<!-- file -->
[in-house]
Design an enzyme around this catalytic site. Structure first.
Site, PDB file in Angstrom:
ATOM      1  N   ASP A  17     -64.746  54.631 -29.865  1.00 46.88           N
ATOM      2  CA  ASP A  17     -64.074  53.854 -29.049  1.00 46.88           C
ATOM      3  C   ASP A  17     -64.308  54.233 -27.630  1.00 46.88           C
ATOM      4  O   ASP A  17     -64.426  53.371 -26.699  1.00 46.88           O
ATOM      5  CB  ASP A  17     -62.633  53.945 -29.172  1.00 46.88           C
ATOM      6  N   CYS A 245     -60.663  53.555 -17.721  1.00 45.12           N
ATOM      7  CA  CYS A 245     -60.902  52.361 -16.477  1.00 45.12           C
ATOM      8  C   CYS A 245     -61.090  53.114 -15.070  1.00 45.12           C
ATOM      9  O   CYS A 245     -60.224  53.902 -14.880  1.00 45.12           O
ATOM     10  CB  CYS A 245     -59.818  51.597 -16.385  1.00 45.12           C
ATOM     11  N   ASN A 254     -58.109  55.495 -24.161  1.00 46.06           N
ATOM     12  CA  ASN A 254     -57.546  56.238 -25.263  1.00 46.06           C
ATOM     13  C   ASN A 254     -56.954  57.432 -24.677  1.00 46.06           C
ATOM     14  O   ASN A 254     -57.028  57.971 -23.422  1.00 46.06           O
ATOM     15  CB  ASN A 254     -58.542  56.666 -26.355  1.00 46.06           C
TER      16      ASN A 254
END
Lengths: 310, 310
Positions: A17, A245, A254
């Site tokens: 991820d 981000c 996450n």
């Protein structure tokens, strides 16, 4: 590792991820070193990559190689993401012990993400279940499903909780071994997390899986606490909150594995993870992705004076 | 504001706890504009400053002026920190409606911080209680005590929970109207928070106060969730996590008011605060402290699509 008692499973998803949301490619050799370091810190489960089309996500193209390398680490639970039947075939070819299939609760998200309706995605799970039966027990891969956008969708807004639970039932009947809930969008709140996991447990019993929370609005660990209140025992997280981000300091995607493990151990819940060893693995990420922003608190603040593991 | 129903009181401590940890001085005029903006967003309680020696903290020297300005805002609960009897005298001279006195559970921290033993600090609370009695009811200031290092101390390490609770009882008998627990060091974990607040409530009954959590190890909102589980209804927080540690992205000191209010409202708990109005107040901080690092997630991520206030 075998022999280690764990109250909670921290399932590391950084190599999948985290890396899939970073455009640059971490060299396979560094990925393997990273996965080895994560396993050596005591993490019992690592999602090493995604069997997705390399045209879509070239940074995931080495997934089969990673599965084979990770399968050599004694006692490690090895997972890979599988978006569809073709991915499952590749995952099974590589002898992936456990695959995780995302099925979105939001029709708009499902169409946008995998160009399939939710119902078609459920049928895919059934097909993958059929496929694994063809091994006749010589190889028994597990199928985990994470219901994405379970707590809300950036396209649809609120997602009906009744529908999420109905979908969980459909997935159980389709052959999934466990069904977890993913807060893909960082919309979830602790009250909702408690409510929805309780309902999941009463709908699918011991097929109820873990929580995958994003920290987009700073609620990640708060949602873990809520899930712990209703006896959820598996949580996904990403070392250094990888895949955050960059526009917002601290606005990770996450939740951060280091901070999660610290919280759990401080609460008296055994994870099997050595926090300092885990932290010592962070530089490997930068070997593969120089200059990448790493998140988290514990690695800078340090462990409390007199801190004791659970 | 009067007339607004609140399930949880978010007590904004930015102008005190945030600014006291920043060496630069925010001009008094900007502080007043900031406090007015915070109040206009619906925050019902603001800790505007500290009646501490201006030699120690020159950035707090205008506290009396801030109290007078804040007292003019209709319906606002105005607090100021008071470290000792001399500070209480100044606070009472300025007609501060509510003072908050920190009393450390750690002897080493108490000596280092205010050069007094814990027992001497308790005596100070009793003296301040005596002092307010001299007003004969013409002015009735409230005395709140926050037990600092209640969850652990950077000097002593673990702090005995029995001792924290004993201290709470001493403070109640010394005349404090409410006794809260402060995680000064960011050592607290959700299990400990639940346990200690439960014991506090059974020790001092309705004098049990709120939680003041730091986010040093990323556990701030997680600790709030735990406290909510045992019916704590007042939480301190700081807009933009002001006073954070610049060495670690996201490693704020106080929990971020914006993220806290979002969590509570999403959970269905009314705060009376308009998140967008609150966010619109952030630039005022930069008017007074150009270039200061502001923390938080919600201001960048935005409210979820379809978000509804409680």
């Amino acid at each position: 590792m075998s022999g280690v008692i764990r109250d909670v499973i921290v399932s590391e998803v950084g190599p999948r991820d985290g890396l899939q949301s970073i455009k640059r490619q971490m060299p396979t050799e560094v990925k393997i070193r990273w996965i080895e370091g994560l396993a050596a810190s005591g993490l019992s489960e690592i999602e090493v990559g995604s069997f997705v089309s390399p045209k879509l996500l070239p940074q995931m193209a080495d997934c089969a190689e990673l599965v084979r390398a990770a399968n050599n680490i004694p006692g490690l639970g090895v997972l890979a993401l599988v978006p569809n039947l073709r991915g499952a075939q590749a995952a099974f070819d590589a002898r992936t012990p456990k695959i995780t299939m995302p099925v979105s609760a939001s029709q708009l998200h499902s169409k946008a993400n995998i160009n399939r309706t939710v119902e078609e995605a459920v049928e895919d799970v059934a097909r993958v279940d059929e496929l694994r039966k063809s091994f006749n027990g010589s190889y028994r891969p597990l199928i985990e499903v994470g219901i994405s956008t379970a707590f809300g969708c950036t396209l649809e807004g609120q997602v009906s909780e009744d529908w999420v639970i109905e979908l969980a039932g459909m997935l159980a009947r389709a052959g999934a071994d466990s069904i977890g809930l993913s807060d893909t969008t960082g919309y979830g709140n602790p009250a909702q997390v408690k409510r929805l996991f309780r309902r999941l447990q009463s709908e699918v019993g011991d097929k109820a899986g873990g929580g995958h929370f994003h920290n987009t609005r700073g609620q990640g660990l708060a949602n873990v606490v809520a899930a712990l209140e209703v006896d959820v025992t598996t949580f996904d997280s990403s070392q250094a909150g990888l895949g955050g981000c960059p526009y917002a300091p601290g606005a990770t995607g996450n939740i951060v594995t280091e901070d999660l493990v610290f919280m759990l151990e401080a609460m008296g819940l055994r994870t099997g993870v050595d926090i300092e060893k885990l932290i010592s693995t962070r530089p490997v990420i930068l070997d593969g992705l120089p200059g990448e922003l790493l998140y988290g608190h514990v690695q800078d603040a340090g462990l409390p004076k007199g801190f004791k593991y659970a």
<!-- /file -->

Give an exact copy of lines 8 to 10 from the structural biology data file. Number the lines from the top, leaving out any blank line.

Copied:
ATOM      5  CB  ASP A  17     -62.633  53.945 -29.172  1.00 46.88           C
ATOM      6  N   CYS A 245     -60.663  53.555 -17.721  1.00 45.12           N
ATOM      7  CA  CYS A 245     -60.902  52.361 -16.477  1.00 45.12           C